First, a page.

How to Buy and Sell at the Same Time?

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Home > Blog > How to Buy and Sell at the Same Time?
How to Buy and Sell at the Same Time?

| Preston Law

Buying a new property and selling your existing property at the same time can be a hassle-free way to move house without having to take out a bridging loan or double-handling your belongings. So, how can you pull off a simultaneous settlement? Follow these tips and you can be moving out of your old home and into a new one on the same day.

Request settlement dates that work for you

Whether you’ve bought or sold first, make it a condition of the other transaction that you must settle on the same day as your other settlement. This is usually quite a simple thing to achieve and should only require a conversation between your solicitor and the other party’s solicitor.

If the other party is unwilling to cooperate, you may be able to negotiate or offer a monetary incentive to convince them.

Insist on the inclusion of a ‘subject to completion of sale’ clause

For homeowners who are buying first but want a simultaneous settlement when they sell, the inclusion of a ‘subject to completion of sale’ condition could be the way to go. This condition means the vendor agrees that you will not settle on the property unless or until your existing property sells.

In the current market, this may be an easy condition to negotiate as properties are selling quickly and this could instil confidence in a vendor that your property will sell, too. In a slower market, it may be more difficult to convince a vendor to agree to this condition, particularly if they have other interested buyers, and your solicitor or conveyancer would have to negotiate on your behalf in addition to presenting a strong offer.

How does a simultaneous settlement work?

During settlement, any outstanding amount on your mortgage will be paid alongside transfer fees and an adjustment will be made for outstanding council rates, water and strata levies (where applicable). If a simultaneous settlement is taking place the proceeds of the sale (i.e. any funds left over after your mortgage and the fees are paid) will be put towards your purchase, as will any funds the bank is fronting as part of your new loan (if applicable). If the proceeds of the sale are less than the outstanding mortgage, you will also need to add funds separately to cover the shortfall.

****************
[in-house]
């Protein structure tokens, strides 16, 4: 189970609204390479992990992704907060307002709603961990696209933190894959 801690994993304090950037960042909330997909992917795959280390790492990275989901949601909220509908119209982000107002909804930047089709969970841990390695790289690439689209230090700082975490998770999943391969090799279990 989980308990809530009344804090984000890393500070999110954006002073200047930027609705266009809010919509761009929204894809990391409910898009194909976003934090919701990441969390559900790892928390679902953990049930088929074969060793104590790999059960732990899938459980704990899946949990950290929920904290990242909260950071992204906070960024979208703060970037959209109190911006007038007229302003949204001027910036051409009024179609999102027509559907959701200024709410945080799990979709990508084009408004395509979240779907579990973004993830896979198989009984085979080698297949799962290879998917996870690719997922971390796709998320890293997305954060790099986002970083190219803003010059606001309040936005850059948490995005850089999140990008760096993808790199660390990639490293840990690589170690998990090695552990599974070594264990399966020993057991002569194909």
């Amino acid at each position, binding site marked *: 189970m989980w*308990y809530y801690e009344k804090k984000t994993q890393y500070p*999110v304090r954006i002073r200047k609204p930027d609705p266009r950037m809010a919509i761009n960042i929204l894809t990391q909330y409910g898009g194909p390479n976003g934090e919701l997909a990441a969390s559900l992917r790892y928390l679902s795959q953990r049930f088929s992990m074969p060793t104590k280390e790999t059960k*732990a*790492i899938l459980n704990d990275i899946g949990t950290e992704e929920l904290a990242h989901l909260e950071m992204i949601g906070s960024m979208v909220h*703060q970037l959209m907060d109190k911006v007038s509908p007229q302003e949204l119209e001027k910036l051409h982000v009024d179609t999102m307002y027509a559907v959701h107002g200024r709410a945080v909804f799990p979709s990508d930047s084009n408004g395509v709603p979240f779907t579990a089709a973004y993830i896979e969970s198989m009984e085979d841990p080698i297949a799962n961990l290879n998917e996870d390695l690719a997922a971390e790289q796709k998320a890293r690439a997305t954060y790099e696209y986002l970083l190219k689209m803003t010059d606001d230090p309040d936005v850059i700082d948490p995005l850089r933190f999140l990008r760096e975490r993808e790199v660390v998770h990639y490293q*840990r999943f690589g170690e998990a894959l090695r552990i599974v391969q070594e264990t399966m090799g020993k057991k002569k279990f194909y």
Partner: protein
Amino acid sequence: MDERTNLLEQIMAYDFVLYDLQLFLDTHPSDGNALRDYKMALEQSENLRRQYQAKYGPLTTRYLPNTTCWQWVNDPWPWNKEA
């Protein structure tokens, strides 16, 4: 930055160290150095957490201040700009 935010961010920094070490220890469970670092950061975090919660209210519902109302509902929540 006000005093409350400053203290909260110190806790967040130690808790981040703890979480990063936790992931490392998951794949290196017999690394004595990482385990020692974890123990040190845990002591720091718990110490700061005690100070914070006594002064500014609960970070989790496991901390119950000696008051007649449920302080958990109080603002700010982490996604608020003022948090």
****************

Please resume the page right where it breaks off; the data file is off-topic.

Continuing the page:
This may sound incredibly complicated, but the good news is that your solicitor or conveyancer will be the ones to sort all of this out for you. You will be told upfront how much money you need to have in time for settlement and the bank will liaise with your solicitor or conveyancer to ensure the transaction completes smoothly. You do not even need to be present at settlement, in fact, you could be interstate or overseas when settlement occurs (so long as you are contactable).

What to do if you cannot settle simultaneously

If you are unable to negotiate a simultaneous settlement and you need to move out of your home before the settlement of your next home, you would need to find alternate accommodation. This can result in double-handling of your belongings (such as moving them into storage and again into your new home), which can be time-consuming and costly. Instead, you may be able to negotiate a lease-back arrangement with the party that buys your home. In this type of arrangement, you are essentially renting your existing home back from the new owners. This typically works if the new owner does not want or need to move in straight away.

In some cases, a seller may grant a buyer early possession of the new home, meaning that you may be able to move into your new home prior to the settlement date.

Taking out a bridging loan may be another way to get into your new home before your sale completes. This means that the bank will give you a short-term loan on the basis that you are about to have the funds available from the sale of your old home. The loan will be interest-only and these types of loans usually attract a much higher interest rate than ordinary home loans.

You should always remember that despite a simultaneous sale and purchase feeling overwhelming to you, your conveyancer or solicitor deals with these types of matters every day and will be able to guide you through it. Follow their instructions and you can look forward to a stress-free simultaneous settlement.

If you need assistance with an upcoming simultaneous settlement, please contact our experienced conveyancing team on (07) 4052 0780.